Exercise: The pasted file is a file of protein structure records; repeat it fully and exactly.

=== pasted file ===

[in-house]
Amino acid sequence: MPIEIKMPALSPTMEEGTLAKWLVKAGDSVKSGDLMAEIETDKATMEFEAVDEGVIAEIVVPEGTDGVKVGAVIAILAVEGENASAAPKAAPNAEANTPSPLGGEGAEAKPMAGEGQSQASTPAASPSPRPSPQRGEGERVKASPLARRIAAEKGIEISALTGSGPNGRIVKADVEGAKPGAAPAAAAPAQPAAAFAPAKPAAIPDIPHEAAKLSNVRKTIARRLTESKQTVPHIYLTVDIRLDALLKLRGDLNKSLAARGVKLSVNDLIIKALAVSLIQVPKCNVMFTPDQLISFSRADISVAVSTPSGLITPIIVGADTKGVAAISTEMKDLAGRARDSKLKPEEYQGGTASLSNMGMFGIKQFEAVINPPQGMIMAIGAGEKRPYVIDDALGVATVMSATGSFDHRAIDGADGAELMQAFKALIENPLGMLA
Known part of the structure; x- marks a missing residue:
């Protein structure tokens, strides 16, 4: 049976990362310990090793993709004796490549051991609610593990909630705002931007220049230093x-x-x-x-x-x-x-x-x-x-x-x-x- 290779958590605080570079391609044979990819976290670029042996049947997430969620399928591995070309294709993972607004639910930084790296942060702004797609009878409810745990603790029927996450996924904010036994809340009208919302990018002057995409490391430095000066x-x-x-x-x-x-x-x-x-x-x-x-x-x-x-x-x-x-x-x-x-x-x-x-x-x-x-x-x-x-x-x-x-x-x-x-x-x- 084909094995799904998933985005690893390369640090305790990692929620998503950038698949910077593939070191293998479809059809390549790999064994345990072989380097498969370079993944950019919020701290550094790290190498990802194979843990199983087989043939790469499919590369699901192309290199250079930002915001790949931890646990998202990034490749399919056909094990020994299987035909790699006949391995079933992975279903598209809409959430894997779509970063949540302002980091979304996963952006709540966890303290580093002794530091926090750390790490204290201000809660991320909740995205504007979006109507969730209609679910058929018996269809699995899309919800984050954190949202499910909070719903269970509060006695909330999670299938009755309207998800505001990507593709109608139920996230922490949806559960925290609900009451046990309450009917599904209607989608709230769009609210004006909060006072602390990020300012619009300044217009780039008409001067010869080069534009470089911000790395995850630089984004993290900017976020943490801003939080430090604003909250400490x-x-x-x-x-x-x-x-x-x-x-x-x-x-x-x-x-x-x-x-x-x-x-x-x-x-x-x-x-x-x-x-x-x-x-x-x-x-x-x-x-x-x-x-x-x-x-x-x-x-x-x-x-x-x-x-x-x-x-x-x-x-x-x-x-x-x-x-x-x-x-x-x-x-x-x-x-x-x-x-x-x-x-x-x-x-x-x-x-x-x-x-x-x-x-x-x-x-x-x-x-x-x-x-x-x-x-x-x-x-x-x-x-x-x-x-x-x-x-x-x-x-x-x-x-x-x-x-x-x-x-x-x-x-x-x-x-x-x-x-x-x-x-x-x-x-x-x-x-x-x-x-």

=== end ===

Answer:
[in-house]
Amino acid sequence: MPIEIKMPALSPTMEEGTLAKWLVKAGDSVKSGDLMAEIETDKATMEFEAVDEGVIAEIVVPEGTDGVKVGAVIAILAVEGENASAAPKAAPNAEANTPSPLGGEGAEAKPMAGEGQSQASTPAASPSPRPSPQRGEGERVKASPLARRIAAEKGIEISALTGSGPNGRIVKADVEGAKPGAAPAAAAPAQPAAAFAPAKPAAIPDIPHEAAKLSNVRKTIARRLTESKQTVPHIYLTVDIRLDALLKLRGDLNKSLAARGVKLSVNDLIIKALAVSLIQVPKCNVMFTPDQLISFSRADISVAVSTPSGLITPIIVGADTKGVAAISTEMKDLAGRARDSKLKPEEYQGGTASLSNMGMFGIKQFEAVINPPQGMIMAIGAGEKRPYVIDDALGVATVMSATGSFDHRAIDGADGAELMQAFKALIENPLGMLA
Known part of the structure; x- marks a missing residue:
């Protein structure tokens, strides 16, 4: 049976990362310990090793993709004796490549051991609610593990909630705002931007220049230093x-x-x-x-x-x-x-x-x-x-x-x-x- 290779958590605080570079391609044979990819976290670029042996049947997430969620399928591995070309294709993972607004639910930084790296942060702004797609009878409810745990603790029927996450996924904010036994809340009208919302990018002057995409490391430095000066x-x-x-x-x-x-x-x-x-x-x-x-x-x-x-x-x-x-x-x-x-x-x-x-x-x-x-x-x-x-x-x-x-x-x-x-x-x- 084909094995799904998933985005690893390369640090305790990692929620998503950038698949910077593939070191293998479809059809390549790999064994345990072989380097498969370079993944950019919020701290550094790290190498990802194979843990199983087989043939790469499919590369699901192309290199250079930002915001790949931890646990998202990034490749399919056909094990020994299987035909790699006949391995079933992975279903598209809409959430894997779509970063949540302002980091979304996963952006709540966890303290580093002794530091926090750390790490204290201000809660991320909740995205504007979006109507969730209609679910058929018996269809699995899309919800984050954190949202499910909070719903269970509060006695909330999670299938009755309207998800505001990507593709109608139920996230922490949806559960925290609900009451046990309450009917599904209607989608709230769009609210004006909060006072602390990020300012619009300044217009780039008409001067010869080069534009470089911000790395995850630089984004993290900017976020943490801003939080430090604003909250400490x-x-x-x-x-x-x-x-x-x-x-x-x-x-x-x-x-x-x-x-x-x-x-x-x-x-x-x-x-x-x-x-x-x-x-x-x-x-x-x-x-x-x-x-x-x-x-x-x-x-x-x-x-x-x-x-x-x-x-x-x-x-x-x-x-x-x-x-x-x-x-x-x-x-x-x-x-x-x-x-x-x-x-x-x-x-x-x-x-x-x-x-x-x-x-x-x-x-x-x-x-x-x-x-x-x-x-x-x-x-x-x-x-x-x-x-x-x-x-x-x-x-x-x-x-x-x-x-x-x-x-x-x-x-x-x-x-x-x-x-x-x-x-x-x-x-x-x-x-x-x-x-």